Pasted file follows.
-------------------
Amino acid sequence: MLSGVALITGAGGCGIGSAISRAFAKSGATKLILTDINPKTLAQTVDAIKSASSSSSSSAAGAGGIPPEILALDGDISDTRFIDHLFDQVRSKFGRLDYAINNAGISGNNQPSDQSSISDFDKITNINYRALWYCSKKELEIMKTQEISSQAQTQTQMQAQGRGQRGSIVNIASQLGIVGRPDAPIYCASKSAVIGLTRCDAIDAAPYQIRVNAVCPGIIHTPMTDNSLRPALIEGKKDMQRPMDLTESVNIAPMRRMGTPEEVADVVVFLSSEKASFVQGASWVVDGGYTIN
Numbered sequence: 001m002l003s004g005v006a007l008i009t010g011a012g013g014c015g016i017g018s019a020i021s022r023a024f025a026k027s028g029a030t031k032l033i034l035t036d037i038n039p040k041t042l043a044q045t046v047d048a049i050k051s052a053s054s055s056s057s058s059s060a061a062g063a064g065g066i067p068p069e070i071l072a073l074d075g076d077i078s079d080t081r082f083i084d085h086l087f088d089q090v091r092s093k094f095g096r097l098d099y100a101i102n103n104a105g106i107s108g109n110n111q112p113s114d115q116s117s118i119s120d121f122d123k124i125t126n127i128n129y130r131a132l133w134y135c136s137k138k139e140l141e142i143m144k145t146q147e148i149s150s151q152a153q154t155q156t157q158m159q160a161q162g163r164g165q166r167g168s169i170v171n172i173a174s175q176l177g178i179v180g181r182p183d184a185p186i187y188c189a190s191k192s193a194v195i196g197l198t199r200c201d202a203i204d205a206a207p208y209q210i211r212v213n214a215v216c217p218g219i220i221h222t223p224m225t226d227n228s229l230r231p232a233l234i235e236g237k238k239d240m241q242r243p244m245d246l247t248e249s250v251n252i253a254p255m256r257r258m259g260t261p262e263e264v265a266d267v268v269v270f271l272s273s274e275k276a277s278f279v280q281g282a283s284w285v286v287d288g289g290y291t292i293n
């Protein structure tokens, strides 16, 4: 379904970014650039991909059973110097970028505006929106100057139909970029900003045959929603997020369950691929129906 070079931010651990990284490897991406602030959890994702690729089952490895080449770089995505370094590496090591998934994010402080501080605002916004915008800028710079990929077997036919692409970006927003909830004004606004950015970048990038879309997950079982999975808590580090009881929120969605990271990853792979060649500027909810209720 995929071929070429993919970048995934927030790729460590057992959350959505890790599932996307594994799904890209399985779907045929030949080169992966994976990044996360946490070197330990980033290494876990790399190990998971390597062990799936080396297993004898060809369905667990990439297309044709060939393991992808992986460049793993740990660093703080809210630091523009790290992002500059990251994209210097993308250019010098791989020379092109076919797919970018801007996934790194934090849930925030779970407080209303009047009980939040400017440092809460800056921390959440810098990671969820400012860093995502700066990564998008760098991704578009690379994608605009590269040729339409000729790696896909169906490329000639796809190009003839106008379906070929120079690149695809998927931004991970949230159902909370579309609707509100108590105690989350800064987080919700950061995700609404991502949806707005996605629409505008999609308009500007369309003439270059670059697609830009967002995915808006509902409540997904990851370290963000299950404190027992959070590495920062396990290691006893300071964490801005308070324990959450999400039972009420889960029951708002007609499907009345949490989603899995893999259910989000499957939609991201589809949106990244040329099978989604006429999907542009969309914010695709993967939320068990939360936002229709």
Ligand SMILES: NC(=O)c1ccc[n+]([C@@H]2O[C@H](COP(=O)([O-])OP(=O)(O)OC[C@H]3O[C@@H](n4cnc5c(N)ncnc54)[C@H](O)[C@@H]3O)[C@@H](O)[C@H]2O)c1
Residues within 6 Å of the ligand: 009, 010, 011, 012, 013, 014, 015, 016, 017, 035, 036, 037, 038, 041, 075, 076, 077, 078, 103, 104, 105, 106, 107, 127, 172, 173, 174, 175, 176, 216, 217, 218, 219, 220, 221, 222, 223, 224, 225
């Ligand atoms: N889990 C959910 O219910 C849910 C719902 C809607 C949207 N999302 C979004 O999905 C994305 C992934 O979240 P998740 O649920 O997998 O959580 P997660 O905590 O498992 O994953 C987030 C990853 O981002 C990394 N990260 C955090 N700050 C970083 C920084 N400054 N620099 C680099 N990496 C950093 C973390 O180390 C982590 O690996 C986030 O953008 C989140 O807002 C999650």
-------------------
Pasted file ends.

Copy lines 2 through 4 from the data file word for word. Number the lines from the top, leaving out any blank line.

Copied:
Numbered sequence: 001m002l003s004g005v006a007l008i009t010g011a012g013g014c015g016i017g018s019a020i021s022r023a024f025a026k027s028g029a030t031k032l033i034l035t036d037i038n039p040k041t042l043a044q045t046v047d048a049i050k051s052a053s054s055s056s057s058s059s060a061a062g063a064g065g066i067p068p069e070i071l072a073l074d075g076d077i078s079d080t081r082f083i084d085h086l087f088d089q090v091r092s093k094f095g096r097l098d099y100a101i102n103n104a105g106i107s108g109n110n111q112p113s114d115q116s117s118i119s120d121f122d123k124i125t126n127i128n129y130r131a132l133w134y135c136s137k138k139e140l141e142i143m144k145t146q147e148i149s150s151q152a153q154t155q156t157q158m159q160a161q162g163r164g165q166r167g168s169i170v171n172i173a174s175q176l177g178i179v180g181r182p183d184a185p186i187y188c189a190s191k192s193a194v195i196g197l198t199r200c201d202a203i204d205a206a207p208y209q210i211r212v213n214a215v216c217p218g219i220i221h222t223p224m225t226d227n228s229l230r231p232a233l234i235e236g237k238k239d240m241q242r243p244m245d246l247t248e249s250v251n252i253a254p255m256r257r258m259g260t261p262e263e264v265a266d267v268v269v270f271l272s273s274e275k276a277s278f279v280q281g282a283s284w285v286v287d288g289g290y291t292i293n
């Protein structure tokens, strides 16, 4: 379904970014650039991909059973110097970028505006929106100057139909970029900003045959929603997020369950691929129906 070079931010651990990284490897991406602030959890994702690729089952490895080449770089995505370094590496090591998934994010402080501080605002916004915008800028710079990929077997036919692409970006927003909830004004606004950015970048990038879309997950079982999975808590580090009881929120969605990271990853792979060649500027909810209720 995929071929070429993919970048995934927030790729460590057992959350959505890790599932996307594994799904890209399985779907045929030949080169992966994976990044996360946490070197330990980033290494876990790399190990998971390597062990799936080396297993004898060809369905667990990439297309044709060939393991992808992986460049793993740990660093703080809210630091523009790290992002500059990251994209210097993308250019010098791989020379092109076919797919970018801007996934790194934090849930925030779970407080209303009047009980939040400017440092809460800056921390959440810098990671969820400012860093995502700066990564998008760098991704578009690379994608605009590269040729339409000729790696896909169906490329000639796809190009003839106008379906070929120079690149695809998927931004991970949230159902909370579309609707509100108590105690989350800064987080919700950061995700609404991502949806707005996605629409505008999609308009500007369309003439270059670059697609830009967002995915808006509902409540997904990851370290963000299950404190027992959070590495920062396990290691006893300071964490801005308070324990959450999400039972009420889960029951708002007609499907009345949490989603899995893999259910989000499957939609991201589809949106990244040329099978989604006429999907542009969309914010695709993967939320068990939360936002229709």
Ligand SMILES: NC(=O)c1ccc[n+]([C@@H]2O[C@H](COP(=O)([O-])OP(=O)(O)OC[C@H]3O[C@@H](n4cnc5c(N)ncnc54)[C@H](O)[C@@H]3O)[C@@H](O)[C@H]2O)c1